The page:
Advertisement

Acta Neurochirurgica

, Volume 161, Issue 2, pp 415–415 | Cite as

In response to letter to the editor “Statin use in patients undergoing carotid artery endarterectomy: still much to be uncovered”

  • Natasha IronsideEmail author
  • Daniel Brenner
  • Eric Heyer
  • Ching-Jen Chen
  • Trae Robison
  • Brandon Christophe
  • Edward Sander ConnollyJr.
Letter to the Editor (by Invitation) - Vascular Neurosurgery - Other
  • 237 Downloads
Part of the following topical collections:
  1. Vascular Neurosurgery - Other

To the editor:

We thank Zheng et al. for their interest in our meta-analysis of perioperative and long-term outcomes in patients receiving statin therapy before carotid endarterectomy, and their comments regarding the profound academic importance of the study [5]. We agree with Zheng et al. that there may be some degree of heterogeneity (I2 = 53%; P > 0.06) found in our meta-analysis of perioperative stroke events, as highlighted in our limitations. However, heterogeneity, when detected using the chi-squared (χ2) and I2 test statistics, is considered to be present when both the χ2 value is within 5% level of significance p < 0.050 and the I2 value exceeds 33% [4]. In the meta-analysis of perioperative stroke events, heterogeneity was detected with the I2 test. However, the χ2 test did not reveal significant heterogeneity. Therefore, conclusions by Zheng et al. in regard to the presence of considerable heterogeneity and lack of reliability in the pooled results may be over-stated.

In the meta-analysis of perioperative stroke events, random effects models were utilized. This is a well-established and appropriate statistical method for pooling heterogeneous results [1, 2]. Zheng et al. have attempted to address the presence of heterogeneity by performing an additional sensitivity analysis. The authors describe the removal of a single study from the pooled results but do not provide a rationale for the study selection. The Cochrane handbook, which the authors have referenced, details the methodology for a sensitivity analysis [3]. However, it does not provide evidence to suggest that heterogeneity adjustment is an appropriate indication for its use [3]. Therefore, we do not consider the sensitivity analysis by Zheng et al. to provide additional value to the results of our study.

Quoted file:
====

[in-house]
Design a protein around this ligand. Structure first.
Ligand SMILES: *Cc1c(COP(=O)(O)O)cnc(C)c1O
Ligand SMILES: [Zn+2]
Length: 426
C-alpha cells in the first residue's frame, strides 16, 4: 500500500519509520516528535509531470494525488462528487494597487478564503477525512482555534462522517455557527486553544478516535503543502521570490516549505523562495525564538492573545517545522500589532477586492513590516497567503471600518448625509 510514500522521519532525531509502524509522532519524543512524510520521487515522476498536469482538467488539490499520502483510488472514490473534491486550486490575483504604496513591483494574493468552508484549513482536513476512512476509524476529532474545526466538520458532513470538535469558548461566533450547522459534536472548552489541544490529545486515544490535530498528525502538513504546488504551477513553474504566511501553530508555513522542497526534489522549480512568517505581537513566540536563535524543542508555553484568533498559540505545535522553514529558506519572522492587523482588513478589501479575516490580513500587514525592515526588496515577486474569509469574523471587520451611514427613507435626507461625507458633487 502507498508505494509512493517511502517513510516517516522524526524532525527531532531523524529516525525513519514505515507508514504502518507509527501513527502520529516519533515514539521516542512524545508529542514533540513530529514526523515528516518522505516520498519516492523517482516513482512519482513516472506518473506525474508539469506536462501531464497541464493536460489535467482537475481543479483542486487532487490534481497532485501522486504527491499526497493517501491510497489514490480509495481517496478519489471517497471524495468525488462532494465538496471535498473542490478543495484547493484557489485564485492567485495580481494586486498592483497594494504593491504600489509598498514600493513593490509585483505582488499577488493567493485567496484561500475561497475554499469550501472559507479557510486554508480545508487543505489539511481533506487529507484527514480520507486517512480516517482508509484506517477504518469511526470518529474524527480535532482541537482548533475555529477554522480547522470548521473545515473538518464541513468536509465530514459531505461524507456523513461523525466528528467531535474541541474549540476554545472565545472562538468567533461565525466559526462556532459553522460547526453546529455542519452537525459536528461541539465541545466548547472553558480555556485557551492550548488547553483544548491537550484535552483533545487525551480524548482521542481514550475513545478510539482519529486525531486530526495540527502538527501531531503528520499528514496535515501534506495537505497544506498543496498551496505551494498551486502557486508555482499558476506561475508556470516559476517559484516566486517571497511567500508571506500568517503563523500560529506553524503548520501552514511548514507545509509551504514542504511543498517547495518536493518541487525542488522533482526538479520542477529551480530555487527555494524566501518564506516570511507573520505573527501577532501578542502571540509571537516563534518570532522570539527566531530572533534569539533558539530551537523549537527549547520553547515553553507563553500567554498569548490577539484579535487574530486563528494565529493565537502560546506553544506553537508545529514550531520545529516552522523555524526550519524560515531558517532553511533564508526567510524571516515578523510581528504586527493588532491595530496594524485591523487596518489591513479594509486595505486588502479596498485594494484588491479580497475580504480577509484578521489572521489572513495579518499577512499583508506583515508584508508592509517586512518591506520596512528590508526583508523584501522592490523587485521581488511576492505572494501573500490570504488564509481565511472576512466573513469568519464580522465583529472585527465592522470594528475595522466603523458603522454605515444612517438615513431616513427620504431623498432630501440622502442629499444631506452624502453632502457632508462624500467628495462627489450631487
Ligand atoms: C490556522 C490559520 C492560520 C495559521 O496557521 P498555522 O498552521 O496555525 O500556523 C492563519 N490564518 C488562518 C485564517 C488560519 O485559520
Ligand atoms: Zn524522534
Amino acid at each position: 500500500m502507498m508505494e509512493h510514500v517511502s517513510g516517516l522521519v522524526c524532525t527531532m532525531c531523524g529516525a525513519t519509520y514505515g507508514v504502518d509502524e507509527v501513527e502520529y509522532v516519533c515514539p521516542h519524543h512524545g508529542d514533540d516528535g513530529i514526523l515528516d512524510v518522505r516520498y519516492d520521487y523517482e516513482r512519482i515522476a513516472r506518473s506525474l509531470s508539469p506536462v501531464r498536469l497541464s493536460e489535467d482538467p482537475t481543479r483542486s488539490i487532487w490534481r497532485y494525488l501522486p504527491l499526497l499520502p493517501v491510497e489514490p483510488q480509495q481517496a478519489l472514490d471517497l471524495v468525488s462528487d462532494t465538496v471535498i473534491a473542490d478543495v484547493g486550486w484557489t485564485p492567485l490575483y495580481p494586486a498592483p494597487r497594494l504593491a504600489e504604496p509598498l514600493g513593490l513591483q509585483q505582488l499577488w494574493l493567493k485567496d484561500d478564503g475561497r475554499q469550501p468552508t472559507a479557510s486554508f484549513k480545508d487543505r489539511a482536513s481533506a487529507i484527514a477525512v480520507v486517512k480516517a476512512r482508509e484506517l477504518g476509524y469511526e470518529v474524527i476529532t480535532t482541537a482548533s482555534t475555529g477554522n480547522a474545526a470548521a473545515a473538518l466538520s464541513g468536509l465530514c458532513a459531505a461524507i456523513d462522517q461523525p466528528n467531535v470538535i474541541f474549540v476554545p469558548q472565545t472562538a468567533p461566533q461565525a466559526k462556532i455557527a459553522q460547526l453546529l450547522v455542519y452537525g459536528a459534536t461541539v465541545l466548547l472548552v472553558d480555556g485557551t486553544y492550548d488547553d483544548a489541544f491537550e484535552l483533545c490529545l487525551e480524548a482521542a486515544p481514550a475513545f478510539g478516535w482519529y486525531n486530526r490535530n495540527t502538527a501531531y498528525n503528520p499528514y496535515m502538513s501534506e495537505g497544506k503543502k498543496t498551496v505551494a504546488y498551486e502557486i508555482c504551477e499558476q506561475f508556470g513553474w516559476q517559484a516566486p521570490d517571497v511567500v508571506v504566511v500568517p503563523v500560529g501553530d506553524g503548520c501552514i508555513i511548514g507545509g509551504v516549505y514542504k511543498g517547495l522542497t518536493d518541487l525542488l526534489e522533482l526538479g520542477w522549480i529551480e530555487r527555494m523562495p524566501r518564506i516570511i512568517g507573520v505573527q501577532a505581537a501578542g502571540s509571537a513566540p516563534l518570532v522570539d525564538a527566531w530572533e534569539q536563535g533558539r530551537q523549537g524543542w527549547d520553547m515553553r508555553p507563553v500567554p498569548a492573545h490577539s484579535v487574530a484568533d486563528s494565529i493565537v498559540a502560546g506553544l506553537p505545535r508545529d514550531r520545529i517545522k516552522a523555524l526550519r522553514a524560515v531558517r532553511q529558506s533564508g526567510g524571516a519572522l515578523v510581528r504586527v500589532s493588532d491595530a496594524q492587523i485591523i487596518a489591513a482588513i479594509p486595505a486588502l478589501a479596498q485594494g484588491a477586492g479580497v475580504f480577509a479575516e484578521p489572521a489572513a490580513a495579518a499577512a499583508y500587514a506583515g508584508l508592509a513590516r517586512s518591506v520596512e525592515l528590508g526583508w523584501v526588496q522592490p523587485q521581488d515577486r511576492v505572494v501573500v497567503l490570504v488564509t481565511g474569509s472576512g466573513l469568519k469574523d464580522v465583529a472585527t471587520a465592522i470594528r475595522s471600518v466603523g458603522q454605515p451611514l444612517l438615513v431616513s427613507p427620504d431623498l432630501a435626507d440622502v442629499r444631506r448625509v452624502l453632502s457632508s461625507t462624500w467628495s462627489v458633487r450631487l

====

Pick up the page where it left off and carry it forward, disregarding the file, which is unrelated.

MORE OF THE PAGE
In light of the heterogeneity present among the included studies, the meta-analysis should be interpreted with caution. The results have suggested that administration of statin therapy before carotid endarterectomy is associated with lower rates of perioperative stroke. Therefore, future investigation to characterize the degree and nature of the potential benefit of statin therapy on perioperative outcomes among patients undergoing carotid endarterectomy for internal carotid artery stenosis is warranted.

Notes

Compliance with ethical standards

Conflict of interest

The authors declare that they have no conflict of interest.

References

  1. 1.
    DerSimonian R, Laird N (1986) Meta-analysis in clinical trials. Control Clin Trials 7:177–188CrossRefGoogle Scholar
  2. 2.
    Hardy RJ, Thompson SG (1996) A likelihood approach to meta-analysis with random effects. Stat Med 15:619–629.  https://doi.org/10.1002/(sici)1097-0258(19960330)15:6<619::Aid-sim188>3.0.Co;2-a CrossRefGoogle Scholar
  3. 3.
    Higgins JP, Green S (2011) Cochrane handbook for systematic reviews of interventions version 5.1.0. The Cochrane Collaboration. Available from www.handbook.cochrane.org. Accessed 30 Dec 2018
  4. 4.
    Higgins JP, Thompson SG (2002) Quantifying heterogeneity in a meta-analysis. Stat Med 21:1539–1558.  https://doi.org/10.1002/sim.1186 CrossRefGoogle Scholar
  5. 5.
    Zheng F LM, Ye Liping, Liao Xiangping, Xiao Mengran, Zhang Ziliang, Zou Liansheng, Yang Shaochun (2019) Statin use in patients undergoing carotid artery endarterectomy: still much to be uncovered. Acta Neurochir.  https://doi.org/10.1007/s00701-019-03802-x

Copyright information

© Springer-Verlag GmbH Austria, part of Springer Nature 2019

Authors and Affiliations

  1. 1.Department of Neurological SurgeryColumbia University Medical CenterNew YorkUSA
  2. 2.Department of Neurological SurgeryUniversity of Virginia Health SystemCharlottesvilleUSA

Personalised recommendations